area, SE KS, Walnut is native and a little cheaper.
BTW, two of my first serious woodworking projects were clocks, one mantel
and one long-case schoolhouse clock. Both Walnut.
I'd strongly agree with that, but only up to a point.
Pine, unless you get a particularly good grade, just isn't a nice
timber to work with for fine cabinetry. Softwood is too coarse and
flimsy in small sections and it's actually harder to do good fine work
If your skills are moderate and you have affordable timber, then treat
yourself to cherry or walnut and enjoy yourself - they're both lovely
timbers. If your skills are just begining though, don't risk wasting a
nice board - go with something cheaper. But not quite as lowly as pine.
As to which, then I'd probably favour the cherry.
Parana pine (sustainability issues apart) is a nice well-behaved pine to
I think this is wrong. If you go in with the attitude that this is
just pine, you will not strive hard enough to do a good job. If you
do what it takes and it comes out well, you will chide yourself for
not using the material that you wanted in the first place. My
preference is cherry because I like the way it looks. As others have
mentioned it burns, so use sharp tools and a reasonably fast feed
rate. I have a Maple clock that included less than $5 worth of wood,
so shop around. A picture can be seen at the top of the page:
What is wrong is your attitude. If you go into the project to learn how to
make certain joint, to make the perfect fit, the prototype will have served
its purpose. Great artists have often made sketches and prototypes before
creating the final masterpiece. I have a design in my head of a clock I
want to make. So far, I've made two partial prototypes from pine scraps to
get a real, hands on, 3D model of the finished product. I'll probably make
one more before I get what I want Check the design studios of auto makers.
They use clay before going to a metal model.
Perhaps you have all the woodworking skills you will ever need so you have
no reason to do a test setup. Good for you, but some of us still like to
try things out. Cheaply
Any prototype I've made that came out well was given as a gift and
appreciated by the recipient as much as the person that got the final
design. Last year I made a series of boxes as gifts. Yes I made two
prototypes from pine. One was junk from making adjustments in setups. The
other was as good as the cherry and elm boxes that I made. The pine was
given to a neighbor and she was just as happy as if it was made of solid
gold and filled with cash. I don't see any loss there.
I was getting started 5 or 6 years ago, never having built a cabinet, but
having just laid out some serious cash for a new Shopsmith. (Yes, I've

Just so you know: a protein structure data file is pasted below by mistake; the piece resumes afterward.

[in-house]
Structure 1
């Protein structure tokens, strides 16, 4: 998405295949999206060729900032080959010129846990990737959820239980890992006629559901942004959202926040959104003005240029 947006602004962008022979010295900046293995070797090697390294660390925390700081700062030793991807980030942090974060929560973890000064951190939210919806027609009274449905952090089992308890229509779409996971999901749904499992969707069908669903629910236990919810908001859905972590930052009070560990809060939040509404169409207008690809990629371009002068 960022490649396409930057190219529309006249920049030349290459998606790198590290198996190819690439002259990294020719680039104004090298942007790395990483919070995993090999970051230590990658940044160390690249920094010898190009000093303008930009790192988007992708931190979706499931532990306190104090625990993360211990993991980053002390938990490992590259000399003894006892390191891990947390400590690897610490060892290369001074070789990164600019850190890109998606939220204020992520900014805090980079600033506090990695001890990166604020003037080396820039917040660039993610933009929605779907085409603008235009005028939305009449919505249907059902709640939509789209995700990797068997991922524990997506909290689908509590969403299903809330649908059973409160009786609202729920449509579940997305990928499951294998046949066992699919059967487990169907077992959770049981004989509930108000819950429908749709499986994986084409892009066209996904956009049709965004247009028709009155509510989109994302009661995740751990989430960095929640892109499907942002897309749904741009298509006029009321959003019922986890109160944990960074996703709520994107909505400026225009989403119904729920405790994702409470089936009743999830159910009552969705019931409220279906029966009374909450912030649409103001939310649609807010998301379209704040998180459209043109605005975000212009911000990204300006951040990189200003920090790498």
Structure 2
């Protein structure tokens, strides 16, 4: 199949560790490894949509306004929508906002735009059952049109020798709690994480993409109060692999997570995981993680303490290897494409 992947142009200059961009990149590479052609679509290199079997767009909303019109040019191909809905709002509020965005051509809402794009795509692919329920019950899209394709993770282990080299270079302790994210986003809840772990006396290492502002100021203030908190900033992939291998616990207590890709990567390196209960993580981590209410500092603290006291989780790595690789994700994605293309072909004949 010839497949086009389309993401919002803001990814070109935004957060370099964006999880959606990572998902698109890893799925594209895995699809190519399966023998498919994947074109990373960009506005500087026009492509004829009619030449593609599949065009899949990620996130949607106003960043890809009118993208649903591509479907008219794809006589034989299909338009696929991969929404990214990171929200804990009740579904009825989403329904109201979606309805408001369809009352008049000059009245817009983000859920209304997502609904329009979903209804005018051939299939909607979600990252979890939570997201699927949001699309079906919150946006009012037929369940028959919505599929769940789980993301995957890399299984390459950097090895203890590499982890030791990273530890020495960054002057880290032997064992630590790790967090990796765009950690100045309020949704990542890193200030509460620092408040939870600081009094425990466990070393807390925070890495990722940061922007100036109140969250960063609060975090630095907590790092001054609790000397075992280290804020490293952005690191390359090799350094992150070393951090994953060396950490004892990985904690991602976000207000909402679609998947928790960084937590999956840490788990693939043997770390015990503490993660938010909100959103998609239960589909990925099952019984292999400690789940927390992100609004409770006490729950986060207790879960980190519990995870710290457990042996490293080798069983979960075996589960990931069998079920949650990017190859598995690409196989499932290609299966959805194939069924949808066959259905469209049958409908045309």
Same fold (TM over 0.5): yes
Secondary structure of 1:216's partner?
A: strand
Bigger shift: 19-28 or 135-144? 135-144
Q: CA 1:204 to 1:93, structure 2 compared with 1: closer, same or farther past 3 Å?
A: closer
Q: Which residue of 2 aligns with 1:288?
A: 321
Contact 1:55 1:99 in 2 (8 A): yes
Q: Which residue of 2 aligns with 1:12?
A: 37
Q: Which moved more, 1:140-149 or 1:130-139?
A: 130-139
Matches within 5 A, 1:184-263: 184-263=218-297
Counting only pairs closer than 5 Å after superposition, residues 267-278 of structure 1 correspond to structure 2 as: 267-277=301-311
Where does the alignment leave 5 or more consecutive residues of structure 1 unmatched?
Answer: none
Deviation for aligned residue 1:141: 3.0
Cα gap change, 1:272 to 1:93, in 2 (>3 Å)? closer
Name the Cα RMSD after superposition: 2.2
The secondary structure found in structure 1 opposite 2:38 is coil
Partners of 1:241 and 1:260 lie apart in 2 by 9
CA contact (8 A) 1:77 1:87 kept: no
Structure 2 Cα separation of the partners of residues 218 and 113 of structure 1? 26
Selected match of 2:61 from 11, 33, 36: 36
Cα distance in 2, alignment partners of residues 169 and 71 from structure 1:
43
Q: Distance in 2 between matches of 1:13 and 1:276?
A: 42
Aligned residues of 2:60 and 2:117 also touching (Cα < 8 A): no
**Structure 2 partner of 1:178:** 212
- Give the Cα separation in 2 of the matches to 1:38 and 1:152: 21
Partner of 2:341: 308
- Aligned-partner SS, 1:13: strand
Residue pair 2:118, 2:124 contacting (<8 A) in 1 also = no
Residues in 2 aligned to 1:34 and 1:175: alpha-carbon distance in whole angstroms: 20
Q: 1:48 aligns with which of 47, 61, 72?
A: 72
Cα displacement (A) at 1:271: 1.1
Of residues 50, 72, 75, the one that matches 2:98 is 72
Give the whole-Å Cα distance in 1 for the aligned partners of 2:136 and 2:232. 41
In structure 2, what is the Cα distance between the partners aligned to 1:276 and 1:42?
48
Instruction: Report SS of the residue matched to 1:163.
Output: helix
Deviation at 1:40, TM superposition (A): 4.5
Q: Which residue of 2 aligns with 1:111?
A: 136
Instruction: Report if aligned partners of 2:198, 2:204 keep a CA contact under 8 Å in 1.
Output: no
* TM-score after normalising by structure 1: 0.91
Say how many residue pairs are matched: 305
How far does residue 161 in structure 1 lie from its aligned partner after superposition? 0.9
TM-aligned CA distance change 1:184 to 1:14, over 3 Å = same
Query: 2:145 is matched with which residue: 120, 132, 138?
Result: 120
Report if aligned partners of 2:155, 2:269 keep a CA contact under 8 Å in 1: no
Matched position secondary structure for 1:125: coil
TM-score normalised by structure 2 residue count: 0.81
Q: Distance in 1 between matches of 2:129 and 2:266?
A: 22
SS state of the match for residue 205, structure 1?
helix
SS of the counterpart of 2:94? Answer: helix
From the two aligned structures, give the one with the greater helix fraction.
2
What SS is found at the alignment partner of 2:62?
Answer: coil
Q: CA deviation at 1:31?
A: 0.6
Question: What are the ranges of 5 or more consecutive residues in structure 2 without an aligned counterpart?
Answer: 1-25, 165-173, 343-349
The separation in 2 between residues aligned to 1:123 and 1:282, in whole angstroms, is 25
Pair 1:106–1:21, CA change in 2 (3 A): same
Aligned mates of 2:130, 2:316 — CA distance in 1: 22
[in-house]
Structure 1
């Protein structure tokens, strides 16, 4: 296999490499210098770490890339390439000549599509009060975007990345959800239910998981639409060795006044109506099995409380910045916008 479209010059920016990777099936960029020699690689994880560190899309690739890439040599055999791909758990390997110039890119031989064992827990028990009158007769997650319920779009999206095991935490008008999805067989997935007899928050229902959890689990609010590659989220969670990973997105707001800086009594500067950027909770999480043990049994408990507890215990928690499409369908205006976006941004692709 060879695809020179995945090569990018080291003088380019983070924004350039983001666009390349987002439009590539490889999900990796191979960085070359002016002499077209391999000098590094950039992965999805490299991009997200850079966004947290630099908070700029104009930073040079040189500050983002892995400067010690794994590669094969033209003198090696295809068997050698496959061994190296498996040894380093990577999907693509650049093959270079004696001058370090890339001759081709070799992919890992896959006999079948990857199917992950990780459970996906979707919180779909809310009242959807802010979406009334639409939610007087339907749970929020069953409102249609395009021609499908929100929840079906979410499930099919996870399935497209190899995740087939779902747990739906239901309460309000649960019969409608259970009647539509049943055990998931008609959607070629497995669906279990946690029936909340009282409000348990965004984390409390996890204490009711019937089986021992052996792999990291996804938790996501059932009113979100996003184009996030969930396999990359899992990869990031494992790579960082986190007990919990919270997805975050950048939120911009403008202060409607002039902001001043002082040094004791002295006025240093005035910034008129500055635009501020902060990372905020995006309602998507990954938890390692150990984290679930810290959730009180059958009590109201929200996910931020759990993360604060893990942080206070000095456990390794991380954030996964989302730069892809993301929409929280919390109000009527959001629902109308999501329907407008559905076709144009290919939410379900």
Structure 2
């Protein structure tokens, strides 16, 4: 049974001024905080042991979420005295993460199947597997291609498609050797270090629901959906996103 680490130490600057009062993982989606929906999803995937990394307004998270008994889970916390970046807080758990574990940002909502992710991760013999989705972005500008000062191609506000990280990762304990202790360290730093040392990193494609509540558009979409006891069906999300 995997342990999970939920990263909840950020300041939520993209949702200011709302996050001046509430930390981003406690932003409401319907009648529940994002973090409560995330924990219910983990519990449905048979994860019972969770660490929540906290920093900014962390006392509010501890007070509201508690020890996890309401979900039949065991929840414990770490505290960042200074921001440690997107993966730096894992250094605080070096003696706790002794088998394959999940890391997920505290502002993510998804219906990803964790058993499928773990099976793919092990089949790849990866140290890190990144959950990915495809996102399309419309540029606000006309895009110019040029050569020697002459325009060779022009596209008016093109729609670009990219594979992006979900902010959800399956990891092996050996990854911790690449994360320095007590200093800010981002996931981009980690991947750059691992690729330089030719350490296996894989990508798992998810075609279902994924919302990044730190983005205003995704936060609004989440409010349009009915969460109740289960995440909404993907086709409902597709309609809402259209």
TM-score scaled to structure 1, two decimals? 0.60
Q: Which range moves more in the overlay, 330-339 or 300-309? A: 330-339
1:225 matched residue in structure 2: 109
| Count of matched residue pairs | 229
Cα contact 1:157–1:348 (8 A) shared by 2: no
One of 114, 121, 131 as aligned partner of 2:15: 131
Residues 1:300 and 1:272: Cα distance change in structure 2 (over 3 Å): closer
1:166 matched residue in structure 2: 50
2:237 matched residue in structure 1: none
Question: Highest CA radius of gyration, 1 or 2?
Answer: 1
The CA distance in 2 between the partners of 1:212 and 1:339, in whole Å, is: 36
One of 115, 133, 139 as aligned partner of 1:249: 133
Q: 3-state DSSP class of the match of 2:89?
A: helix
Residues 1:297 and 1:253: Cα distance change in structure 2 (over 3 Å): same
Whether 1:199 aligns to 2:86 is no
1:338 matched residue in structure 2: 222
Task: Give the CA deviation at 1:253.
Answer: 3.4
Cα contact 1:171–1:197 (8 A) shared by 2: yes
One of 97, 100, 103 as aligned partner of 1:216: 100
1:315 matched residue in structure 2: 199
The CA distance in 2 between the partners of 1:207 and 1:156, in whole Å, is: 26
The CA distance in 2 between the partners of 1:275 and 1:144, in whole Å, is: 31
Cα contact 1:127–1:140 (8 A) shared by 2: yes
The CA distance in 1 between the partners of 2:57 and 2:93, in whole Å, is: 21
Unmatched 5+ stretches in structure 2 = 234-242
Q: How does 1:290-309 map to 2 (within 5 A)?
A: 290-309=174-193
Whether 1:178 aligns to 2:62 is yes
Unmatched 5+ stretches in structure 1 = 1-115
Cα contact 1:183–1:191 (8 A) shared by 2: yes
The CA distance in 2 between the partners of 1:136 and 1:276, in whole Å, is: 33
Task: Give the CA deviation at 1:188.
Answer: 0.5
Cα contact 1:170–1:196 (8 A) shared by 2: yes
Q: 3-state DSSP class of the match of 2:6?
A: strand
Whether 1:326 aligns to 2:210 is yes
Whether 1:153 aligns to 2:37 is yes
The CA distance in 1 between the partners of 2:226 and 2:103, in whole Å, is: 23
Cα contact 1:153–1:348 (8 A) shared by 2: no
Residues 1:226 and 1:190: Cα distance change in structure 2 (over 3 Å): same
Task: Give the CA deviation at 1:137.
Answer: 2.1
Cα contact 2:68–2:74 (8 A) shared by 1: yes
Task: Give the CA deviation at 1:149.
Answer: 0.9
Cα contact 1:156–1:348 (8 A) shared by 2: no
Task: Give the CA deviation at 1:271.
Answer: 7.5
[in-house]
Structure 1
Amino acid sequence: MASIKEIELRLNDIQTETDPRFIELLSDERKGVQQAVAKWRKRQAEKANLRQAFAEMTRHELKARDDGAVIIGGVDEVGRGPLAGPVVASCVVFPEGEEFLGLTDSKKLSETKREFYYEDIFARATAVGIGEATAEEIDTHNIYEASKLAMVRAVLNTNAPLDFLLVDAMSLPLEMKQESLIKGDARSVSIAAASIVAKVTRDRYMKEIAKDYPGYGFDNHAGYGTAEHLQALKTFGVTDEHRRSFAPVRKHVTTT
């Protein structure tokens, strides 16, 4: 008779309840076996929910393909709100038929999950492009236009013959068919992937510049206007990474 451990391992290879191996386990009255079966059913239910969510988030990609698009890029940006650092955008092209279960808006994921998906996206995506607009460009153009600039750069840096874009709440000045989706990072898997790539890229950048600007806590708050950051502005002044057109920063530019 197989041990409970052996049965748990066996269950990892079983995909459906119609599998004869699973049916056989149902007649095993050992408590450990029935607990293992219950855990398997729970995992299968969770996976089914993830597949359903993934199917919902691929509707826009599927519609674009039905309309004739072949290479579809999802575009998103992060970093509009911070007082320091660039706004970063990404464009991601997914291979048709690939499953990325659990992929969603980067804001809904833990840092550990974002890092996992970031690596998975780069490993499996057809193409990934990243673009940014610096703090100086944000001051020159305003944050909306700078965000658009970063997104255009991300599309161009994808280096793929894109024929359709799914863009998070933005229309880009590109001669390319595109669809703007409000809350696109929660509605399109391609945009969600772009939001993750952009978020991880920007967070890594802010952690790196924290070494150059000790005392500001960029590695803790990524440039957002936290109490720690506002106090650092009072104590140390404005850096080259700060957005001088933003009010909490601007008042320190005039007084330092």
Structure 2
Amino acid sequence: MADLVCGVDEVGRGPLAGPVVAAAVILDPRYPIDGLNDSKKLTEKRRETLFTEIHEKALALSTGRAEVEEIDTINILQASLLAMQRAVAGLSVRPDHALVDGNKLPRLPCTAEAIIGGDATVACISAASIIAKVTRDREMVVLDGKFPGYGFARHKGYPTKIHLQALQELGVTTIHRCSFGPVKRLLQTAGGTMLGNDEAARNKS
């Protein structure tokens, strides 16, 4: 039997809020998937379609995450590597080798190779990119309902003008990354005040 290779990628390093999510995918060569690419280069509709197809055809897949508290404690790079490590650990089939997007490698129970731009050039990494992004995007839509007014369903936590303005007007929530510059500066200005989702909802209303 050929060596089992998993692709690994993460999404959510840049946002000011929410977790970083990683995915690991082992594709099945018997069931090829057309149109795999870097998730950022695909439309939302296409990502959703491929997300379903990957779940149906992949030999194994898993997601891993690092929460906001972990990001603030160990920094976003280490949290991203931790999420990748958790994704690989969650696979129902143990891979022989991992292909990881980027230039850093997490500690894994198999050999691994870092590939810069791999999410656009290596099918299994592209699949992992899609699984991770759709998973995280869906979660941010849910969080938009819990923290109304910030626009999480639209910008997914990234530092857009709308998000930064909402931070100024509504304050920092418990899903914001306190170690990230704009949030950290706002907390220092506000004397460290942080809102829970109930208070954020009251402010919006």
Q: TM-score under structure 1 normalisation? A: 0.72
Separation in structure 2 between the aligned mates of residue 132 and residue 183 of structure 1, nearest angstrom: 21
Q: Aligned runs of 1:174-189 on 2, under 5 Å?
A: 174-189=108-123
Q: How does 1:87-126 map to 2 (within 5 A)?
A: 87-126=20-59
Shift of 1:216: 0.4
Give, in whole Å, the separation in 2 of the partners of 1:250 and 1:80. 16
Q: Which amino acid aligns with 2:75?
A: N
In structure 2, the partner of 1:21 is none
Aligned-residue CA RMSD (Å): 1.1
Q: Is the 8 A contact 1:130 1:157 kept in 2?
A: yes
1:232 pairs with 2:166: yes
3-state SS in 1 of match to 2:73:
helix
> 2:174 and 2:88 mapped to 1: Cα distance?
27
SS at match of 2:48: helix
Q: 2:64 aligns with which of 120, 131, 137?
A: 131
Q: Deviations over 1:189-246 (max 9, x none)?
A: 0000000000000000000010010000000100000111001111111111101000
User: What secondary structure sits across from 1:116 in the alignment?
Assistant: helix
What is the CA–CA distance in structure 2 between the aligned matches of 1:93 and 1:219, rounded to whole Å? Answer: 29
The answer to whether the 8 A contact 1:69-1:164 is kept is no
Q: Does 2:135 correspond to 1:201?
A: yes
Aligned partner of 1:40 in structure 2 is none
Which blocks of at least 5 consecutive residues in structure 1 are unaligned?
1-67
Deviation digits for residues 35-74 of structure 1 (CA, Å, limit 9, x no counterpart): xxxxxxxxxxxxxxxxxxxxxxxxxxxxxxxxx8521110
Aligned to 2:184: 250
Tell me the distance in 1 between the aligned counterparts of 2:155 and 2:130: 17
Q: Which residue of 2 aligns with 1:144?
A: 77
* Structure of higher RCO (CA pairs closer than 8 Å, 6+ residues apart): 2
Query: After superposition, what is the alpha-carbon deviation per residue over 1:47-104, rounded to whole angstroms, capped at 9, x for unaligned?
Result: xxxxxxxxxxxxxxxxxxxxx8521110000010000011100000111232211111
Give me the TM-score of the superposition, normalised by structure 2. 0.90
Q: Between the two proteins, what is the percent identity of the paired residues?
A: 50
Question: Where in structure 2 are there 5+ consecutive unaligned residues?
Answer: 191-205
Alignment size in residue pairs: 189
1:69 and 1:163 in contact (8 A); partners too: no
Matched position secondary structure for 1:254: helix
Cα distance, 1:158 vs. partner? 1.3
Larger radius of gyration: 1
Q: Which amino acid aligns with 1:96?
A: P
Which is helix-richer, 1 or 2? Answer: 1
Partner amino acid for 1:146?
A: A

learned. Money gone.) We wanted an entertainment center for the master
bedroom, and so I built one from baltic birch plywood. Too big. Took it
apart, and rebuilt it smaller, and more accessible for the not terribly
large bedroom. Painted it sage green.
My wife loves it. She shows it off to everyone who comes to visit, even 6
years and who knows how many tables, clocks, boxes and bedframes later. If
she wants one in oak or cherry, she's never let me know. When I suggest
that I do 'the final', she comes up with more important projects for my
time and tools.
Good thing about that prototype. Paint covers a multitude of sins. I'd do
it again, no problem. The learning is the fun part. The prototype kitchen
cabinets are in the bathrooms and in my garage shop. Someday, maybe soon.
Enjoy your work.
I will still disagree with you. I do build prototypes, usually from
cardboard so that others can see what I have in mind. These are full
sized, fully functional pieces. It took me about an hour to build a
cardboard rubber stamp cabinet. Some of the prototypes are used until
the final product is done. I do test a new technique, but always in
the same wood as the finished project because it eliminates another
variable. Part of the reason why my workflow is different is that I
have the gift of being Autistic. My designs are always fully worked
in my brain without drawings, even things like the design and
placement of the gears in the acrylic clock and the workings of some
of the wooden locks. I can build better from a picture of the final
project than from drawings. You work the way that is best for you in
your neurotypical fashion and I will do what is best for me. But I
think it is self defeating attitude to build a project out of inferior